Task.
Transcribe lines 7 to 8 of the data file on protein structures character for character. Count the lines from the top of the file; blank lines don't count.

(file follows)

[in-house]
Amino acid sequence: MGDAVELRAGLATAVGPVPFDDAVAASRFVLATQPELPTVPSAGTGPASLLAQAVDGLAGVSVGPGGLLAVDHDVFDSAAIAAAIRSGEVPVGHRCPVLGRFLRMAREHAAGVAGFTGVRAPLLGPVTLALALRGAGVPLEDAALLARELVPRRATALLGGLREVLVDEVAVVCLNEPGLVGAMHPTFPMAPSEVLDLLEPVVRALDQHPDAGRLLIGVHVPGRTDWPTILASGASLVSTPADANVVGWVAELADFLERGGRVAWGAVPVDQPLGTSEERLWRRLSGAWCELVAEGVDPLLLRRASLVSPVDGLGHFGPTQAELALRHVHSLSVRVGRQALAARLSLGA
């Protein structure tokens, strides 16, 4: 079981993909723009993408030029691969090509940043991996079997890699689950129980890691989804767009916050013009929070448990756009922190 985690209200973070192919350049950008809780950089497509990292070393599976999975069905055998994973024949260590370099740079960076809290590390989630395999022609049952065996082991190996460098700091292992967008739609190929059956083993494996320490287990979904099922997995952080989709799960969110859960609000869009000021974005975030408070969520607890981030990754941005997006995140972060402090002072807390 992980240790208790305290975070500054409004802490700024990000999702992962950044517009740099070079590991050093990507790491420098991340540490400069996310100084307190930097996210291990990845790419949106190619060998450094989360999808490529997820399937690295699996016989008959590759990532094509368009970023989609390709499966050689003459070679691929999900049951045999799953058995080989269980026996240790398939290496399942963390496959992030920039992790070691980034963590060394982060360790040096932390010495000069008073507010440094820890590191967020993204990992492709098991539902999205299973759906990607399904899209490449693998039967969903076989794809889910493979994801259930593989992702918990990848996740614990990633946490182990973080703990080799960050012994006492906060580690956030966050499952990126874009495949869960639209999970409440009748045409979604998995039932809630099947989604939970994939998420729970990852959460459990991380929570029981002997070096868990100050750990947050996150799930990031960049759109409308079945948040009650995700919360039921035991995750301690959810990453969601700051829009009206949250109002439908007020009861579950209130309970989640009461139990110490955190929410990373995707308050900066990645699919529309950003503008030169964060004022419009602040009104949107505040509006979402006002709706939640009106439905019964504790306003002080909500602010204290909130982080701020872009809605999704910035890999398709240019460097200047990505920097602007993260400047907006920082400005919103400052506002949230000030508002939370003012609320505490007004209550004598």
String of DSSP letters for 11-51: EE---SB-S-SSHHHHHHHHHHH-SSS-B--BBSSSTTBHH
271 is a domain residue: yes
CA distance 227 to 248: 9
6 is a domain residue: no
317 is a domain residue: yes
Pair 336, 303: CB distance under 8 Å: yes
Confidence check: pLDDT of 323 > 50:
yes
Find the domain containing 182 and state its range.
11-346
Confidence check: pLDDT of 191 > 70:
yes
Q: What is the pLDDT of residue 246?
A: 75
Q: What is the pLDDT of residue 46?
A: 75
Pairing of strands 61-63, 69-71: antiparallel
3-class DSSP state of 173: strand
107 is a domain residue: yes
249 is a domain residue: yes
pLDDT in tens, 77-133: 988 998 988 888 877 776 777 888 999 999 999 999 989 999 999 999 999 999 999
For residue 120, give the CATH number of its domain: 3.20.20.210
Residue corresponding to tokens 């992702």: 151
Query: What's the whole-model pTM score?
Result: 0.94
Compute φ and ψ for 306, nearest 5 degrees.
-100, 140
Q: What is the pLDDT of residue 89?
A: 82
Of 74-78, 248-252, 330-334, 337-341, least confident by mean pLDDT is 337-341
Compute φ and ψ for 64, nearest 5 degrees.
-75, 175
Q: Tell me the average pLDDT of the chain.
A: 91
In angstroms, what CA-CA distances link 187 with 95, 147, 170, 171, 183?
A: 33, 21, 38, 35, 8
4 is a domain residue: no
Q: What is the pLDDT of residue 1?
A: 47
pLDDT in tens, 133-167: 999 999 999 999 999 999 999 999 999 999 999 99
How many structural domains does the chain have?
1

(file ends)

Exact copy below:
6 is a domain residue: no
317 is a domain residue: yes